Special education students are just that: special. Their learning needs are different from the general population of students. And because of this difference, the challenges and triumphs of special education students are particularly rewarding.
With the wide range of differing needs in most special education classes, top teachers like Shari Duddy quickly become experts at encouraging students to become familiar and comfortable with technology. No matter the equivalent grade or age level, special education teachers encourage their students to use technology just as adeptly as their general matriculation counterparts.
If we look at different levels of education it’s easy to see the impact of technology in the classroom.
In pre-K and kindergarten special education classes, just as their general matriculation counterparts, technology is used as part of the core curriculum. Young learners’ minds are malleable enough to seamlessly flow from one form of technological advancement to another without skipping a beat. With adjustments, special education students can succeed just the same as their counterparts.
Kindergarteners are sponges for information. Young children are so eager to learn, and they can absorb vast amounts of information at incredible rates. Teachers like Shari Duddy begin teaching basic computer skills to kindergarteners. Recognizing the keyboard becomes part of the lesson on the ABCs, and the internet is used to show apples in red, green, and yellow. The basics of education have changed to include the necessities of a computer literate society.
For elementary special education students, technology is used to reinforce learning strategies that the students encountered in pre-k and kindergarten. Taking into account the specific needs of the students in their classrooms, top elementary teachers like Shari Duddy encourage special education students to constantly connect their technology use to the lessons being taught. Not only does this promote a computer literate student, but also promotes a tactile sense of accomplishment for some special education students. Whether special or general education, for a student to feel as if they are a dynamic part of the learning experience leads to a greater understanding of the lessons, and a more engaged and uplifted learning environment.
From videos to books to video conferencing, top special education teachers like Shari Duddy employ technology in innovative ways that allows students to have different ways to grasp subjects. Special education students are also able to have a more fulfilling learning experience by connecting what they see and use every day with their lessons. Teachers using technology in more than one way allows different learners to grasp concepts in such a way that nearly every student can succeed.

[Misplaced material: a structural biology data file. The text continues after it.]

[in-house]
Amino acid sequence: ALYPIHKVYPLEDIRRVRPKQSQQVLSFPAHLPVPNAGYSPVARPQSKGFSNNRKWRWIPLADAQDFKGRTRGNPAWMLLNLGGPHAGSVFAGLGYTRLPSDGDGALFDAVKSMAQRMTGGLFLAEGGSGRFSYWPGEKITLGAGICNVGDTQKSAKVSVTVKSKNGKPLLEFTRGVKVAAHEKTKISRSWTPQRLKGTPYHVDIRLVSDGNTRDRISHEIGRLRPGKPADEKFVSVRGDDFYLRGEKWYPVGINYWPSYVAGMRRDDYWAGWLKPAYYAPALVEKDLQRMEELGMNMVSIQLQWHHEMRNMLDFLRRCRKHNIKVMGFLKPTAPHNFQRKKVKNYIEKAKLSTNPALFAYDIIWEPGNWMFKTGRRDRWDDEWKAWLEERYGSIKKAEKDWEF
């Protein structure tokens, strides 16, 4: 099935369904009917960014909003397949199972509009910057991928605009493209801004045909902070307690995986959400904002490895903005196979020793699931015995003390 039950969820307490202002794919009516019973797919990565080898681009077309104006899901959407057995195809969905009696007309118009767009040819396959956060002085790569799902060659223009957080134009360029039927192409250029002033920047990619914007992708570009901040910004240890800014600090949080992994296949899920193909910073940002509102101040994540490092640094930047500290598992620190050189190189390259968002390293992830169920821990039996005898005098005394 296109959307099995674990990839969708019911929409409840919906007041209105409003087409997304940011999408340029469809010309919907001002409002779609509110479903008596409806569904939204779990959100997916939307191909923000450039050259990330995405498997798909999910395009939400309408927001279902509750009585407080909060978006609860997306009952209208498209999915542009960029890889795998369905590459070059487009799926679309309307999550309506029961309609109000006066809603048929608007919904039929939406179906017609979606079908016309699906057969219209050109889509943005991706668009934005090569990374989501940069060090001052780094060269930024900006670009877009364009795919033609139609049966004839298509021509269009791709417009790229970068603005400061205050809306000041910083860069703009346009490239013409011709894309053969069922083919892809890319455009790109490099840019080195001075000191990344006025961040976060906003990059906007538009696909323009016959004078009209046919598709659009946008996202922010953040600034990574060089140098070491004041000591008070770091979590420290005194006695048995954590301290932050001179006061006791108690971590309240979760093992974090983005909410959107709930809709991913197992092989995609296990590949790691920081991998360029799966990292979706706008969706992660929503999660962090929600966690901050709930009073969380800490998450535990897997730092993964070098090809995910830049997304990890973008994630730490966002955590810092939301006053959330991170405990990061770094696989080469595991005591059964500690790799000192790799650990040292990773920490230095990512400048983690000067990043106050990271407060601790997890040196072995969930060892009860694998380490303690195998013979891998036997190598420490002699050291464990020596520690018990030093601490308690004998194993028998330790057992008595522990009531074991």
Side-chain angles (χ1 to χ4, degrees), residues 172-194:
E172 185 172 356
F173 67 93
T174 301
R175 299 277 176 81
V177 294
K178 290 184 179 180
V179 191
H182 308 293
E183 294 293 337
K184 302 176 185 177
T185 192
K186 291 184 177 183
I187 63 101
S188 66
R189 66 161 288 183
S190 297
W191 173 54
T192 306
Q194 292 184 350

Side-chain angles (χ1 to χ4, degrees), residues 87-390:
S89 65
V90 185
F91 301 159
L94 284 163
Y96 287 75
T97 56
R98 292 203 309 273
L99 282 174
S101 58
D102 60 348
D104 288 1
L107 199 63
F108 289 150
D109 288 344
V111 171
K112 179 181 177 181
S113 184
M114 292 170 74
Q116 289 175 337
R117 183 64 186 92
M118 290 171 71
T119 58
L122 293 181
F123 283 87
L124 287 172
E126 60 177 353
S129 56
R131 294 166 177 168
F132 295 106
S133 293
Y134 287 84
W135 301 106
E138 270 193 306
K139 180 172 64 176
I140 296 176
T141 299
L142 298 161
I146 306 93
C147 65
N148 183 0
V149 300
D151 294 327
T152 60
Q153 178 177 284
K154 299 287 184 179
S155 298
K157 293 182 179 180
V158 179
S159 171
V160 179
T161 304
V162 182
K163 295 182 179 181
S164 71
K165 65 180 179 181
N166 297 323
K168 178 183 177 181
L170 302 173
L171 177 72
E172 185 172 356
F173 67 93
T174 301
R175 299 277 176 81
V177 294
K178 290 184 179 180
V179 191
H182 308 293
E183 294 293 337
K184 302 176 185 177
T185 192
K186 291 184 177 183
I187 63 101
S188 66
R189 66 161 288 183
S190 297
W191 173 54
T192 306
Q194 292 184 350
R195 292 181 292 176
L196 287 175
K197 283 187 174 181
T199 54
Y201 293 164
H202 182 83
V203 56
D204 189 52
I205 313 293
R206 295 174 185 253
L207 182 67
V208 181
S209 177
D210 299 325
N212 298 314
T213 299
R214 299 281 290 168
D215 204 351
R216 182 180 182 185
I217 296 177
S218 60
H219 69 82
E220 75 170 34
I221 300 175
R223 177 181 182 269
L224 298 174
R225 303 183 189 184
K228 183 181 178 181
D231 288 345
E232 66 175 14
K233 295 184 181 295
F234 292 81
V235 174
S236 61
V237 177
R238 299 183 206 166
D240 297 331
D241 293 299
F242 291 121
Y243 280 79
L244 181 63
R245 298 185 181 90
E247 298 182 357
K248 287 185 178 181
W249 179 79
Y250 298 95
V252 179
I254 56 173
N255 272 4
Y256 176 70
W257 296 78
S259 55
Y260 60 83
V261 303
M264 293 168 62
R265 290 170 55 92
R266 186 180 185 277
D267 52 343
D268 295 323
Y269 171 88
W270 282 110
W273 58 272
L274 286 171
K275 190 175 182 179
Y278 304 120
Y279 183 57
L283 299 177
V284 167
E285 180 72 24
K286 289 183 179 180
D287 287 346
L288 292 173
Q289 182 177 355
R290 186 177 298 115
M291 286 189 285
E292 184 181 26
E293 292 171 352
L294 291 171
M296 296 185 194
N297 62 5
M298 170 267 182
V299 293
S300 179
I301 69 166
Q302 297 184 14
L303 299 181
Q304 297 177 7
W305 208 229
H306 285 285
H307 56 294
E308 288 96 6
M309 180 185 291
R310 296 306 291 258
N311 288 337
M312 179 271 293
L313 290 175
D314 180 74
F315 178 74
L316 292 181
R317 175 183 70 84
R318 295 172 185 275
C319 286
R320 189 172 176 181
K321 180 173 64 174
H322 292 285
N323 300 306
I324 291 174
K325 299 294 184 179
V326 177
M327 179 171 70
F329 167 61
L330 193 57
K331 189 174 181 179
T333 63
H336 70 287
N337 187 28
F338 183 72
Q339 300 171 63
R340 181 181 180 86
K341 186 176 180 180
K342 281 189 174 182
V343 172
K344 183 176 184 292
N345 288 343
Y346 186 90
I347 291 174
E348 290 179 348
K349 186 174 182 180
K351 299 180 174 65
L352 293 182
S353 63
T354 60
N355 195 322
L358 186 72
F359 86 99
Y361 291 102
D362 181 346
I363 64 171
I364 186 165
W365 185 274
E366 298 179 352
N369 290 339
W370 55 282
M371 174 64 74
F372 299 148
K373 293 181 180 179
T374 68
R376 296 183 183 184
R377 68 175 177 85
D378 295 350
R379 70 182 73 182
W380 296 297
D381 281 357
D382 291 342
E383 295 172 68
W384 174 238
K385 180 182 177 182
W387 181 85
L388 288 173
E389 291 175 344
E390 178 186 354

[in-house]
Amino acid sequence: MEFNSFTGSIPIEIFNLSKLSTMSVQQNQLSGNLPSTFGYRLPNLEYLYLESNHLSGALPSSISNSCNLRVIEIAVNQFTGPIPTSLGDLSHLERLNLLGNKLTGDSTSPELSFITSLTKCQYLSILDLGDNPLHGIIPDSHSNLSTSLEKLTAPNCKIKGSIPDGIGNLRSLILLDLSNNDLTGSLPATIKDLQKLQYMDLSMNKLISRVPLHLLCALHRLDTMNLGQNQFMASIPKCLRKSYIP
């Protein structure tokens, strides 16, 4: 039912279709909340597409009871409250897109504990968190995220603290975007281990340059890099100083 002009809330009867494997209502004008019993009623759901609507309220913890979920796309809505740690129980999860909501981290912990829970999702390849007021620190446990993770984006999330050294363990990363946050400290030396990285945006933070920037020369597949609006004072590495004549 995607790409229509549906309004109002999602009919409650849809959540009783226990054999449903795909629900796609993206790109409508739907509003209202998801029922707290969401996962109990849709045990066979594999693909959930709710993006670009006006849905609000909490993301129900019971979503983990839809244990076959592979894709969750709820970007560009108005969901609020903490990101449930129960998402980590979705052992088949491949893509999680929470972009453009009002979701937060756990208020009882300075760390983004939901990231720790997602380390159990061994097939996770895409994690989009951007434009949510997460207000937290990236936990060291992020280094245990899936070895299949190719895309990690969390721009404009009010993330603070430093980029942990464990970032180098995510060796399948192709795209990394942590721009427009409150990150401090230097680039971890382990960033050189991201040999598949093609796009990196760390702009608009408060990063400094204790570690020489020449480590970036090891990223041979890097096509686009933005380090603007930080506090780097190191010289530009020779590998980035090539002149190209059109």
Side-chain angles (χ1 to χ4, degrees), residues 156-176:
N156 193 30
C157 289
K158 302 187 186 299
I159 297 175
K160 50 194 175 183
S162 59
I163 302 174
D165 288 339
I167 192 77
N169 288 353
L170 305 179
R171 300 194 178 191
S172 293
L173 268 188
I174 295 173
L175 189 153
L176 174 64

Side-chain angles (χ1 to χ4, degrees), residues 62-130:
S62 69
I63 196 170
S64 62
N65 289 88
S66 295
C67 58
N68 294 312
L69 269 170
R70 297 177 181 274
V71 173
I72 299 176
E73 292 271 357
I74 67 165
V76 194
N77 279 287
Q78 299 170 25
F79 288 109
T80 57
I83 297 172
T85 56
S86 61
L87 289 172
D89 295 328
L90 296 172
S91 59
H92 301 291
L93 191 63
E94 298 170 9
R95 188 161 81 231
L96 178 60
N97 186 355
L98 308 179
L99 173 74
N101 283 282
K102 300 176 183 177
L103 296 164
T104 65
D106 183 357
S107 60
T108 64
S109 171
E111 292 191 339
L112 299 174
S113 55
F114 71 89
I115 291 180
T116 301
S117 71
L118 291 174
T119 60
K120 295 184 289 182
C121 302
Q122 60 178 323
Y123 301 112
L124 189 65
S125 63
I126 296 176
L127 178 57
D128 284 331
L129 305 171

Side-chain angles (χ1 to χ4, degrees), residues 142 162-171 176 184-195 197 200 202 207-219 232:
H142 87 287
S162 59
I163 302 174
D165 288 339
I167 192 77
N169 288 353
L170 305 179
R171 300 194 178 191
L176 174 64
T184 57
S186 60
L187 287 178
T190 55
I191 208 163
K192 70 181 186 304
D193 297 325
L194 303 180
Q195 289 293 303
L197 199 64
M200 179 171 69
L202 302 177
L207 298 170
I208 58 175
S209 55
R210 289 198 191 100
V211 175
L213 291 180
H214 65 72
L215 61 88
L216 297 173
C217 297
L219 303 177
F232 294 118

High school always presents its challenges. For special education students, not only do they have to deal with their normal special education needs, but now they also have to deal with biological changes in their bodies and the social changes in their environment. Familiar technology during this transitional time could be seen as a soothing remedy to new stimuli. High school is challenging enough.
Focusing on smart phone usage in special education classrooms, pre-k and kindergarten students can take something most are familiar using to play a bird game and instead use a smart phone to play a game that matches colors and shapes. For elementary special education learners, students can use a smart phone to better understand mathematics problems. High school special education learners can reinforce their reading skills by playing word puzzle games. These basic ideas for smart phone usage can be used in general matriculation classes as well.
The basics of education have changed to include the necessities of a computer literate society. With their special needs, special education students can and should have just as fulfilling a learning experience as their general population counterparts. Top teachers incorporate familiar technologies such as smart phones in to their lessons, recognizing that it’s easier to remember and understand the familiar rather than something different. Whether special or general education, for a student to feel as if they are a dynamic part of the learning experience leads to a greater understanding of the lessons, and a more engaged and uplifted learning environment.